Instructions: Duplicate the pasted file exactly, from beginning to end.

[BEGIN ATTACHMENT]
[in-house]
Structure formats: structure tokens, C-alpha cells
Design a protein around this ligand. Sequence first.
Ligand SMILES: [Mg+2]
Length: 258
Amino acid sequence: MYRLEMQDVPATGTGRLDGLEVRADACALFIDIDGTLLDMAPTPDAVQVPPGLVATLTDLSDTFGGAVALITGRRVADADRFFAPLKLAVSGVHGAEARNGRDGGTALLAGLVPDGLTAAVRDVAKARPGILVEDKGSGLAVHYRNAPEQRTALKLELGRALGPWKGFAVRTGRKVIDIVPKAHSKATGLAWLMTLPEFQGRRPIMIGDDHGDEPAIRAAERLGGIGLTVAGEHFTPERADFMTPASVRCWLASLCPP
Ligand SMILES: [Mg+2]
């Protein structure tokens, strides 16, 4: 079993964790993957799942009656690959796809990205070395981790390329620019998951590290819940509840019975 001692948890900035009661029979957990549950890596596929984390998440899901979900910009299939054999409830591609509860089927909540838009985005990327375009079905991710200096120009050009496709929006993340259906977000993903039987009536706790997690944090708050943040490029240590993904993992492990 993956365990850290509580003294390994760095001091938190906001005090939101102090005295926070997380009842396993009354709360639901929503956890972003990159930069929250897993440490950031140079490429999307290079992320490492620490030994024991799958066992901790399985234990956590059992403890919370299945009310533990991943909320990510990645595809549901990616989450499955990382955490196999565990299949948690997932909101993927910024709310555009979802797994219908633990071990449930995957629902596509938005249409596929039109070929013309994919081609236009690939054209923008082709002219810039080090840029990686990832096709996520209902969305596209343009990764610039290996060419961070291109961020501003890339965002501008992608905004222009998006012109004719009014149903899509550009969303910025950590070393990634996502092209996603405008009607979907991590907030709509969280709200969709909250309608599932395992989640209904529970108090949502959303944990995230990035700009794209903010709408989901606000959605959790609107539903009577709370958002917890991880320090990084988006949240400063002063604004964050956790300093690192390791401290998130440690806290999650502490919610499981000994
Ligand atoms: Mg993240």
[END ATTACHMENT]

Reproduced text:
[in-house]
Structure formats: structure tokens, C-alpha cells
Design a protein around this ligand. Sequence first.
Ligand SMILES: [Mg+2]
Length: 258
Amino acid sequence: MYRLEMQDVPATGTGRLDGLEVRADACALFIDIDGTLLDMAPTPDAVQVPPGLVATLTDLSDTFGGAVALITGRRVADADRFFAPLKLAVSGVHGAEARNGRDGGTALLAGLVPDGLTAAVRDVAKARPGILVEDKGSGLAVHYRNAPEQRTALKLELGRALGPWKGFAVRTGRKVIDIVPKAHSKATGLAWLMTLPEFQGRRPIMIGDDHGDEPAIRAAERLGGIGLTVAGEHFTPERADFMTPASVRCWLASLCPP
Ligand SMILES: [Mg+2]
């Protein structure tokens, strides 16, 4: 079993964790993957799942009656690959796809990205070395981790390329620019998951590290819940509840019975 001692948890900035009661029979957990549950890596596929984390998440899901979900910009299939054999409830591609509860089927909540838009985005990327375009079905991710200096120009050009496709929006993340259906977000993903039987009536706790997690944090708050943040490029240590993904993992492990 993956365990850290509580003294390994760095001091938190906001005090939101102090005295926070997380009842396993009354709360639901929503956890972003990159930069929250897993440490950031140079490429999307290079992320490492620490030994024991799958066992901790399985234990956590059992403890919370299945009310533990991943909320990510990645595809549901990616989450499955990382955490196999565990299949948690997932909101993927910024709310555009979802797994219908633990071990449930995957629902596509938005249409596929039109070929013309994919081609236009690939054209923008082709002219810039080090840029990686990832096709996520209902969305596209343009990764610039290996060419961070291109961020501003890339965002501008992608905004222009998006012109004719009014149903899509550009969303910025950590070393990634996502092209996603405008009607979907991590907030709509969280709200969709909250309608599932395992989640209904529970108090949502959303944990995230990035700009794209903010709408989901606000959605959790609107539903009577709370958002917890991880320090990084988006949240400063002063604004964050956790300093690192390791401290998130440690806290999650502490919610499981000994
Ligand atoms: Mg993240």